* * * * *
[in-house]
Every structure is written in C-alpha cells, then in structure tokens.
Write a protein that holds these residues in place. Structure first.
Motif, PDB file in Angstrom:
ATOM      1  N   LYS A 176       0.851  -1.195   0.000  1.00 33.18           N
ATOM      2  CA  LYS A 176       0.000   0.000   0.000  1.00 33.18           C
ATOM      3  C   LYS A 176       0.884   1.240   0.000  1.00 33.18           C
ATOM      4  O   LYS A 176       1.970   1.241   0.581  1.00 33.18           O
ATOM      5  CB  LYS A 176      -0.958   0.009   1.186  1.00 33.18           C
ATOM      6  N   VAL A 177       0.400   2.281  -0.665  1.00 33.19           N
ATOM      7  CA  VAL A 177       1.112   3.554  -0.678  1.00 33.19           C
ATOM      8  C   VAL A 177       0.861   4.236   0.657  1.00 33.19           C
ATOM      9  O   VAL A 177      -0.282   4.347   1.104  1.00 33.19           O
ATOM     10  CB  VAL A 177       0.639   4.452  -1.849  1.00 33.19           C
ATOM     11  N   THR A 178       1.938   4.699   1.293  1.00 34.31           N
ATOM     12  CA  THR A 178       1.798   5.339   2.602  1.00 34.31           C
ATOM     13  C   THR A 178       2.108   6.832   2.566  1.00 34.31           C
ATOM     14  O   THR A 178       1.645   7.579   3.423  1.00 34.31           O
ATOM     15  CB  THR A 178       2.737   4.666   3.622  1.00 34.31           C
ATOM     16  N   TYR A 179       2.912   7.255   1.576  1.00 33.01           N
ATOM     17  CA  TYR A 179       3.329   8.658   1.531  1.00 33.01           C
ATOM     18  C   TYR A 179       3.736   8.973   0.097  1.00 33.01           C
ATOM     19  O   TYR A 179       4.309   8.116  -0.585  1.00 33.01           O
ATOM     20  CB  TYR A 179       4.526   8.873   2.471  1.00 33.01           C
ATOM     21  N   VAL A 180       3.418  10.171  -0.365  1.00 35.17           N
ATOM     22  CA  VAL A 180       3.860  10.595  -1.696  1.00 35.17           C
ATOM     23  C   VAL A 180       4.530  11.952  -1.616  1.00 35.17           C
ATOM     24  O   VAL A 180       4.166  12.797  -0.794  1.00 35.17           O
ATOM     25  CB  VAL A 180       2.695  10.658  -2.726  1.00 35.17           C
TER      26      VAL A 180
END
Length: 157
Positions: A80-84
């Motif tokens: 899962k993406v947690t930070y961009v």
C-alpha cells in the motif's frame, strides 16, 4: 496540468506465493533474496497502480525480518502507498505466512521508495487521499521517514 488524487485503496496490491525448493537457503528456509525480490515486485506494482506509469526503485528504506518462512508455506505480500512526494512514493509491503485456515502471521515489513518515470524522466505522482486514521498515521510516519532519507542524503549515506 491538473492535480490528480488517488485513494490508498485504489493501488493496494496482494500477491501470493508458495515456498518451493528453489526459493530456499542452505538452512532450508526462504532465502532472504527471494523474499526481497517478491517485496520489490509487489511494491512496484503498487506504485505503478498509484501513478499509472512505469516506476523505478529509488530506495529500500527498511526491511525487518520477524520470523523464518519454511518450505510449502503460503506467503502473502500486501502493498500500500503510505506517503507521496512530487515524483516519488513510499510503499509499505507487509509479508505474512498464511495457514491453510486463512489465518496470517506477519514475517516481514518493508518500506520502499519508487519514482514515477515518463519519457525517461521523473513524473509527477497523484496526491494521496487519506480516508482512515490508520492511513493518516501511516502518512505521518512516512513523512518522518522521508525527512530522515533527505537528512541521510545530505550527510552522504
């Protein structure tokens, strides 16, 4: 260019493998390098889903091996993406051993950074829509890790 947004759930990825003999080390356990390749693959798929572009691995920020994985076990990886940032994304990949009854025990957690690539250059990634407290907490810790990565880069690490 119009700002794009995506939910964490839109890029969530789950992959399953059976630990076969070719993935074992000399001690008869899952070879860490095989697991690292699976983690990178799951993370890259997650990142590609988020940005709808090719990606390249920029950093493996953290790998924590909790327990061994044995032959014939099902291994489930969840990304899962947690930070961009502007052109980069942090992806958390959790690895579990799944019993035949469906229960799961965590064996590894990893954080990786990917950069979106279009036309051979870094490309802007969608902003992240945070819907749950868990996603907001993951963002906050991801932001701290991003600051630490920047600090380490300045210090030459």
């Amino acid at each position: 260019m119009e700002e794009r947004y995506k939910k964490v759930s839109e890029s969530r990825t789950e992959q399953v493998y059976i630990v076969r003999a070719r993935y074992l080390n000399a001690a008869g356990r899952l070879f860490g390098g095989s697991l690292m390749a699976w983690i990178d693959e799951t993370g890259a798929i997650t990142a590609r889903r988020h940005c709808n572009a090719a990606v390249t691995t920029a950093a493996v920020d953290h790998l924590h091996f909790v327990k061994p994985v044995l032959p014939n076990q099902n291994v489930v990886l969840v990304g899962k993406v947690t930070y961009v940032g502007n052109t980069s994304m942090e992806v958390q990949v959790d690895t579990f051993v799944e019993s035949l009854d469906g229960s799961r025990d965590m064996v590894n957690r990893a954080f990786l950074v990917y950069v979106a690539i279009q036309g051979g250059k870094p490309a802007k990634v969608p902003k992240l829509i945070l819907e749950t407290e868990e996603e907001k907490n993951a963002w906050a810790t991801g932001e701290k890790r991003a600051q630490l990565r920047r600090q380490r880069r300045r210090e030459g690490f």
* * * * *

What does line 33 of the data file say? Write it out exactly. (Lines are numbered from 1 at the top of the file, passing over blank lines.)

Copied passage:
Positions: A80-84